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The Unnoticed Gold Mine: Palm Oil Making   
 
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05-Jun-2014  
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Do you know that the oil palm tree has both physical and spiritual importance? The palm tree is considered to be the most blessed tree on Earth by Christians who base their stance on a scripture recorded in Psalm 92:12 which reads: “The righteous shall flourish like the palm tree: He shall grow like a cedar in Lebanon”.

Many people from other religious sects have come to believe the blessings inherent in the palm tree; particularly, its several uses. No part of the oil palm tree goes waste.

In Ghana, the lovers of popular “Apeo or akpeteshie” (alcohol distilled from the palm tree) can bet their last pesewa that the palm tree is really blessed.

Palm wine tappers, as well as palm soup addicts are among the many beneficiaries of the palm tree.

Palm trees are grown in most parts of Ghana including the Western, Central, Ashanti, Volta and Brong Ahafo Regions. However, one major use of the palm tree is highly underexploited in Ghana; that is, palm oil production!

Since time immemorial, palm oil production has been a business venture dominated by women in most villages in Ghana. While men are celebrated for palm wine tapping, palm oil production is the preserve of women.
Some people make palm oil for commercial purposes; others simply extract it for domestic use but it is a principal occupation in areas where oil palm is cultivated.

Palm Oil Production in Frami Village
I was on a bus, heading to Abrafo, a community in the Heman Lower Denkyira District when the numerous palm oil production sheds dotted along the road attracted my attention. I realised that palm oil production was an occupation for the people in the area. I, therefore, decided to visit one of the sheds to satisfy my curiosity.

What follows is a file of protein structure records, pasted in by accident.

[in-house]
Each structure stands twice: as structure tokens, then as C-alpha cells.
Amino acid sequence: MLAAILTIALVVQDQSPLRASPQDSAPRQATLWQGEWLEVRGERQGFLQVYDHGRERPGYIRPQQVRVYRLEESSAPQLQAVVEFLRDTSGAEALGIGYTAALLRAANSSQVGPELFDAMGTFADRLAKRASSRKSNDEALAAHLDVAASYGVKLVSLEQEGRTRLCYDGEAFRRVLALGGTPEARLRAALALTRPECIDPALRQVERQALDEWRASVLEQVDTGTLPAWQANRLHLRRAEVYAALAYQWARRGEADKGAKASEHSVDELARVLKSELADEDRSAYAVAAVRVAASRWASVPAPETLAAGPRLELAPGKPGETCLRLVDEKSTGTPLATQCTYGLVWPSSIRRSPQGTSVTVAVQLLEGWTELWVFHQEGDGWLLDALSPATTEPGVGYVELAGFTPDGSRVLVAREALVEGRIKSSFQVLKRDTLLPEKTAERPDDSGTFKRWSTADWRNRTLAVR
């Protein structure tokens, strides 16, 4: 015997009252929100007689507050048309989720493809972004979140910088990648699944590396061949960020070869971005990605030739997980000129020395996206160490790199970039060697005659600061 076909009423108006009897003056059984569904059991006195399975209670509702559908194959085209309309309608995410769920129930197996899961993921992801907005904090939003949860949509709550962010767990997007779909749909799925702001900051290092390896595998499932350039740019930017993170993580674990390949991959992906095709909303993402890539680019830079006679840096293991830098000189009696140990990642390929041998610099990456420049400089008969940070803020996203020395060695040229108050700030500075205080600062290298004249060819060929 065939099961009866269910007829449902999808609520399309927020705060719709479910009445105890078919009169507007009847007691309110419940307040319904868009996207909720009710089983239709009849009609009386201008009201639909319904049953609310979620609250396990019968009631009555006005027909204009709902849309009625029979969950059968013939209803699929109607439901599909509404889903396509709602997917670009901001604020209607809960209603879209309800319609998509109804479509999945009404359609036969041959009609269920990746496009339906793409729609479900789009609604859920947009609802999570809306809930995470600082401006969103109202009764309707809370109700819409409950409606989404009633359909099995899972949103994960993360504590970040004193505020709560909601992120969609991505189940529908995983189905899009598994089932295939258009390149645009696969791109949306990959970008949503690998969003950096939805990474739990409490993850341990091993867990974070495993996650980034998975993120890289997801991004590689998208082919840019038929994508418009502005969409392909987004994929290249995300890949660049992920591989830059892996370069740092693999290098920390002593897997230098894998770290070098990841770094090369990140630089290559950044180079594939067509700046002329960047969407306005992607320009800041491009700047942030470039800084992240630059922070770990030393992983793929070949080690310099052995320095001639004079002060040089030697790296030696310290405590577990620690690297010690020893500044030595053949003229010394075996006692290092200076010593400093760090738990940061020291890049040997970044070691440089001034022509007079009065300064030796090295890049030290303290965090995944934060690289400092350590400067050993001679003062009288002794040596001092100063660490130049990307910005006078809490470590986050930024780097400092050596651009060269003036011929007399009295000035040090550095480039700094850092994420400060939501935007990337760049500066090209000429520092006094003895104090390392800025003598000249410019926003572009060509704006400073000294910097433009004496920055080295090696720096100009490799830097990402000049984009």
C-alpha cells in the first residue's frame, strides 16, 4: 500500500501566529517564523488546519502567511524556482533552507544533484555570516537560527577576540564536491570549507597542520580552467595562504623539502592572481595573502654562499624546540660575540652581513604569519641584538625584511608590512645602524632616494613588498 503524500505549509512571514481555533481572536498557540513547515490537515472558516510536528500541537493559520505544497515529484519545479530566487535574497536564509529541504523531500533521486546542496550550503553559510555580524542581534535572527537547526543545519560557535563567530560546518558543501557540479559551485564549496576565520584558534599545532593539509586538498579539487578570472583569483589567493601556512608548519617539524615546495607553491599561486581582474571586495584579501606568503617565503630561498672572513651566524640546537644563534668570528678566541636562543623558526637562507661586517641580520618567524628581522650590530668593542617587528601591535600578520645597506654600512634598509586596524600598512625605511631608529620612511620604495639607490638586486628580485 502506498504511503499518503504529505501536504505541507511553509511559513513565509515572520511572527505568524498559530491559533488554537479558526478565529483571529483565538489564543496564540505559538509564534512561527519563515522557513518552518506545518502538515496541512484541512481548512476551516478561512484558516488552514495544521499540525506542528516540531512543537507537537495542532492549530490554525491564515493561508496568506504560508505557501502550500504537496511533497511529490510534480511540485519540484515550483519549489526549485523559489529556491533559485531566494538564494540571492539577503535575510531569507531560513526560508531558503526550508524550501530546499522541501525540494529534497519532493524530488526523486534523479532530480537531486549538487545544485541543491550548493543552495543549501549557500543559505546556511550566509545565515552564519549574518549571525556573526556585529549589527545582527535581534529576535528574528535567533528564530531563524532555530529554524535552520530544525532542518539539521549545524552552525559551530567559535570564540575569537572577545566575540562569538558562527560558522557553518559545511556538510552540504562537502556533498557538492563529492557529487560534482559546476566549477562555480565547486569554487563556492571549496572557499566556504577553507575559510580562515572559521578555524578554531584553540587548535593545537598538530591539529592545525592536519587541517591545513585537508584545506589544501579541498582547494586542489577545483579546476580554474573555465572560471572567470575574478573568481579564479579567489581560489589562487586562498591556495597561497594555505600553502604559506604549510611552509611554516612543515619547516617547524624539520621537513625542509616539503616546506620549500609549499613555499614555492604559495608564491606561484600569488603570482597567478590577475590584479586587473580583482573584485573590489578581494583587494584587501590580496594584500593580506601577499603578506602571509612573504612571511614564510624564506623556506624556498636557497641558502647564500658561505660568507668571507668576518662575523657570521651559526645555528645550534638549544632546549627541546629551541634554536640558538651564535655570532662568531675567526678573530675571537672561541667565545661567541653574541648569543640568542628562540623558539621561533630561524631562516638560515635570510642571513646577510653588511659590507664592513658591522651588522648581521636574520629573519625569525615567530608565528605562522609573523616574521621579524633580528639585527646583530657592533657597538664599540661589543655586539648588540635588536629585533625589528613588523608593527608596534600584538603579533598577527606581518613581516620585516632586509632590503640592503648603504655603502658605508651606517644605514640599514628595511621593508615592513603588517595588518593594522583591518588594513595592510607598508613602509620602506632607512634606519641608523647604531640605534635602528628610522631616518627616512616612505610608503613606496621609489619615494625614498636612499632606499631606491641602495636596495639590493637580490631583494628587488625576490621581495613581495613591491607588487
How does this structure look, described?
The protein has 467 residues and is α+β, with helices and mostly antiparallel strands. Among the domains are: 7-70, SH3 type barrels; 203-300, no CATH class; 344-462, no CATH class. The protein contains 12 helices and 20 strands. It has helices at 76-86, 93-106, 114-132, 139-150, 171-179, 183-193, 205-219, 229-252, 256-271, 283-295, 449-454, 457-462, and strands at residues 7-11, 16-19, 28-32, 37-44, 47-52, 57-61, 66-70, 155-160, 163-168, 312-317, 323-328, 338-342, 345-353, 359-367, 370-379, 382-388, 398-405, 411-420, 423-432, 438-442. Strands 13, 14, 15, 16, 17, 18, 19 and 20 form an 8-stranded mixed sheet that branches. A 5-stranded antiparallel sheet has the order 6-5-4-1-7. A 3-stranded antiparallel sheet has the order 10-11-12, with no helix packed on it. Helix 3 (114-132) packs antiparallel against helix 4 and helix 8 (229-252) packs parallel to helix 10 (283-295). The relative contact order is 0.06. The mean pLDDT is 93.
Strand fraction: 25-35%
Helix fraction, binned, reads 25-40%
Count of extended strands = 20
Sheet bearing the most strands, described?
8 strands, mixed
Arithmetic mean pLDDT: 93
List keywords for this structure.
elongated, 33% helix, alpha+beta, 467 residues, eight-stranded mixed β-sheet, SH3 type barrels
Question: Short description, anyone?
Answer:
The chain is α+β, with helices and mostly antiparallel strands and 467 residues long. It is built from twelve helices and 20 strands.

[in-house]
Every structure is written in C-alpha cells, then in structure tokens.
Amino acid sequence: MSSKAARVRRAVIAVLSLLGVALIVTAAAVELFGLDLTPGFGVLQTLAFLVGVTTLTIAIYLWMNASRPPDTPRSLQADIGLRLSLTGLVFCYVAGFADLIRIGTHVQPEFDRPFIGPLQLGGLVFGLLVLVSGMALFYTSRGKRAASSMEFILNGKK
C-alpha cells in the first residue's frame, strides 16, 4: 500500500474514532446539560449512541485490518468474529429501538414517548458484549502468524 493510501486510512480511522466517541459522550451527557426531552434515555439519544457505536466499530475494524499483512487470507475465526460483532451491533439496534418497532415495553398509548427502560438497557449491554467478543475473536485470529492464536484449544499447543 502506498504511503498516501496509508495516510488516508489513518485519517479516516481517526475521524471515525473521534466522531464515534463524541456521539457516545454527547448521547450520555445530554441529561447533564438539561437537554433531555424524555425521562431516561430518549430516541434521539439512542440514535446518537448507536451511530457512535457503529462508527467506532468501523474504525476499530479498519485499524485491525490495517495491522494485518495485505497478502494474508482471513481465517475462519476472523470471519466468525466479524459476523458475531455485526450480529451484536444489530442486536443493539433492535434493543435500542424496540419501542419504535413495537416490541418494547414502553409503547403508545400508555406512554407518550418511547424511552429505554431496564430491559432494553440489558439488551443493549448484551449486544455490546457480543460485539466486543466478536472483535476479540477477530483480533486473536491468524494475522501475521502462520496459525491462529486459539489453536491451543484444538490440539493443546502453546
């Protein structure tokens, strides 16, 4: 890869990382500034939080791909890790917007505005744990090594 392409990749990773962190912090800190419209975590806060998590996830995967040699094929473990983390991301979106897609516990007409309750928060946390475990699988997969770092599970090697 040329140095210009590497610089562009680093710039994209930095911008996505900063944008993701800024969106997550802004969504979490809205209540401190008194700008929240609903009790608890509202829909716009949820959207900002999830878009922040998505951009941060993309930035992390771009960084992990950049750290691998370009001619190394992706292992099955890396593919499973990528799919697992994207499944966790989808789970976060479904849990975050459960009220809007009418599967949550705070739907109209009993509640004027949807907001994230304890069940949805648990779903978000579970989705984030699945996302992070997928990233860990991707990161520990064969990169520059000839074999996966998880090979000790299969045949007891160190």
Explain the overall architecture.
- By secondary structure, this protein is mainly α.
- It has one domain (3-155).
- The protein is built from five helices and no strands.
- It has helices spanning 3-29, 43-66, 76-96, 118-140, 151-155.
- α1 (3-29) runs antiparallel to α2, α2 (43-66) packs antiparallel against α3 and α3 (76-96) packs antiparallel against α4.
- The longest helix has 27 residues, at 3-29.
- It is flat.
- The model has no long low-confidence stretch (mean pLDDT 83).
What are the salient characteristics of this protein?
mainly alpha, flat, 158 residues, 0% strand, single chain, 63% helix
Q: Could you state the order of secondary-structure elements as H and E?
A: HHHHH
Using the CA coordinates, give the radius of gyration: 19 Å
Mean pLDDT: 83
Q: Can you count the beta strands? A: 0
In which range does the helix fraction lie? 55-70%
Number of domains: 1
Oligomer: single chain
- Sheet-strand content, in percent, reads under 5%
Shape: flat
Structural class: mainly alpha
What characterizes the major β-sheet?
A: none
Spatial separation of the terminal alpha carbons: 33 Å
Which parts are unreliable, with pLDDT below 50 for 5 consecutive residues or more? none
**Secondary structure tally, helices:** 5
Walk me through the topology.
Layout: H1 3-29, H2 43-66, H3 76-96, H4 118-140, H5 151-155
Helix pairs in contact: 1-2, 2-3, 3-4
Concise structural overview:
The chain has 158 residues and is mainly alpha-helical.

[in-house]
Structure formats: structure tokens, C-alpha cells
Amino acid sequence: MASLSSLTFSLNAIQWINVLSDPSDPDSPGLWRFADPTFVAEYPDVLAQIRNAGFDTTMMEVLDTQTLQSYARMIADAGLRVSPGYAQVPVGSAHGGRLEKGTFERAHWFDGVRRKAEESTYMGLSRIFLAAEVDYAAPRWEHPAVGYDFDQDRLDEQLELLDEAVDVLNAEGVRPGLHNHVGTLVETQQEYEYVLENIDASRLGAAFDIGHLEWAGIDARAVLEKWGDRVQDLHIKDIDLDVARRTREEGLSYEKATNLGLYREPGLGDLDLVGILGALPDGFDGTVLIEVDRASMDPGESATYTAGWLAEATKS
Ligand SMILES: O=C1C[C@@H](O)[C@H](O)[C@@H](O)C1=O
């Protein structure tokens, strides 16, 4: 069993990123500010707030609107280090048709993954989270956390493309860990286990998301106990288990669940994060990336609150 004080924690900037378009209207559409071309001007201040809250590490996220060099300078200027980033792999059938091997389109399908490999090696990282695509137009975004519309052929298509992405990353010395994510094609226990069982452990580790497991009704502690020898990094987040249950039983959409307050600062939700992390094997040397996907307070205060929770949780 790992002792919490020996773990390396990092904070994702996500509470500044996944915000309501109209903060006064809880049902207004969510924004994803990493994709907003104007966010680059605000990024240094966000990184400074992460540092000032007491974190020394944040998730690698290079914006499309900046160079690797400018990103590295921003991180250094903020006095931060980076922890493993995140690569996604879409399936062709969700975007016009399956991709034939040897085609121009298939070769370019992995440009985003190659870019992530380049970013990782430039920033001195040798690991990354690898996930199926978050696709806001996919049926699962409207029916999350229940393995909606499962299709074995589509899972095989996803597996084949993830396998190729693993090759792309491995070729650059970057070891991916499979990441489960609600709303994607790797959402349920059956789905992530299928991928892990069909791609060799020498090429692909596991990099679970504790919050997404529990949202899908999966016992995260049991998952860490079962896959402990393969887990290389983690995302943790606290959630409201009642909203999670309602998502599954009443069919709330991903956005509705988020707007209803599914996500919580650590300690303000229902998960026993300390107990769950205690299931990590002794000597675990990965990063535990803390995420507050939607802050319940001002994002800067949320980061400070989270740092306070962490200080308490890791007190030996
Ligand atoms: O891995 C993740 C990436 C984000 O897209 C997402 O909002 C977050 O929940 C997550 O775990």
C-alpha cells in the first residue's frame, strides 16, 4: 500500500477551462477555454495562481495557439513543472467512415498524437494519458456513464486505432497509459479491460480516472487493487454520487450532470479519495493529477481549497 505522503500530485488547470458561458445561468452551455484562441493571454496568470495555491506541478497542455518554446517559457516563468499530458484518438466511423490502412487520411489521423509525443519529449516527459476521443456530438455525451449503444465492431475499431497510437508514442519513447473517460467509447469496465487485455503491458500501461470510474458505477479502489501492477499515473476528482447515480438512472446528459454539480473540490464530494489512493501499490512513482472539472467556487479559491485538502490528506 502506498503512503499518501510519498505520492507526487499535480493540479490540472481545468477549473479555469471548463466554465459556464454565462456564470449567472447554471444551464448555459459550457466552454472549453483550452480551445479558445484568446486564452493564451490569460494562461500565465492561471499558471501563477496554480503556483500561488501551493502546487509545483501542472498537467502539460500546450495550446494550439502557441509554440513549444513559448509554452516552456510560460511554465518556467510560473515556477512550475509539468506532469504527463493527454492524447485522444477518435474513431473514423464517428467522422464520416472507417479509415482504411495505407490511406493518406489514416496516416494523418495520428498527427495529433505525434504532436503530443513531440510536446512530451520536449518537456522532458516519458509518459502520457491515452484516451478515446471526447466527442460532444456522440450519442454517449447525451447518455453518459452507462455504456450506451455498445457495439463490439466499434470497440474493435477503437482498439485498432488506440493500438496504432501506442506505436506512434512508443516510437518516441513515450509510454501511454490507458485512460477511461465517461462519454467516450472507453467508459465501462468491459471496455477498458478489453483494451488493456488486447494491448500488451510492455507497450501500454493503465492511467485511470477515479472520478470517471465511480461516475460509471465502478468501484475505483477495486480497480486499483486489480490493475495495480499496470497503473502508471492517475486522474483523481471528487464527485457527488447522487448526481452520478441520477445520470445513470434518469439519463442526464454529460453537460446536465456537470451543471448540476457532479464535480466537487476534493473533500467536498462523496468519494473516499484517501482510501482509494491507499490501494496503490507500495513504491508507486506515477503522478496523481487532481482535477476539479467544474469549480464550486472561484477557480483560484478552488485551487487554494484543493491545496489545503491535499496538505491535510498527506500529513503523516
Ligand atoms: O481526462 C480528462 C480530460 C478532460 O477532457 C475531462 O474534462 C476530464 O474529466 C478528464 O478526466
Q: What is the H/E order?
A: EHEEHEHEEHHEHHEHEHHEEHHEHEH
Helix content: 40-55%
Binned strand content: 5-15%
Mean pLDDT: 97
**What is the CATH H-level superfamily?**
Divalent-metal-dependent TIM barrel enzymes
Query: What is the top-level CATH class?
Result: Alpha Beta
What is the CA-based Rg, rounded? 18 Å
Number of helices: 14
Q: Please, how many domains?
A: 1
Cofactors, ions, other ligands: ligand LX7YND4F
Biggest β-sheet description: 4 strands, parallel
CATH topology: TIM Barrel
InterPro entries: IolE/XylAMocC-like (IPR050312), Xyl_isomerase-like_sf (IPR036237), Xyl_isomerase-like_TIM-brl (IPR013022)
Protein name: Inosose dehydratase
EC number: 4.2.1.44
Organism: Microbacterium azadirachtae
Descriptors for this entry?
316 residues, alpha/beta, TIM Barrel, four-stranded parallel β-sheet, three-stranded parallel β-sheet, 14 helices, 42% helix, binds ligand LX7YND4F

It was a sunny afternoon when I got to the bamboo-roofed four-room shed where Madam Matilda Baakoh extracts palm oil. She was busily straining oil from a metallic pan in front of her with a piece of cloth wrapped around her waist and a matching headgear.

A big pot filled with palm fruits was being cooked and the fire billowed meandering smoke into the air. A bare-chested man in his early forties stood behind the pot and was stirring its content with a big stick that was longer than himself. The pounded mixture of palm chaff and oil was very slippery.

Raw palm nuts and ashes had been heaped around the shed. Bundles of firewood and logs were packed there as well. Almost everything in the shed was stained with palm oil, which invariably was a sign to welcome you to the small palm-oil extracting factory in Frami.

Madam Matilda told me that the shed provided space for about 150 palm oil makers in Frami town and it belonged to Auntie Yaa Menu who charges them both in cash and in kind before allowing them to work there.

Auntie Yaa Menu too was a palm oil producer. The shed had been in the town for over 10 years. I saw a few crude oil extracting instruments in the shed. It was a busy centre for palm oil makers. They paid GH¢4.50 to mill the palm fruits and afterwards gave one bottle of oil to the shed owner.

Raw materials
In the shed was another veteran palm oil producer, Auntie Abena Mansah.

Auntie Abena said the bunches of palm fruits were either from their own farms or had been bought. They bought some from Jukwa, Mfuom, Odumasi, Abrafo and the surrounding villages in the region. The palm fruits were either sold to them in bunches or containers. Thirty bunches cost GH¢40.

She uses about 15,000 bunches of palm fruits to produce between two and three barrels of palm oil.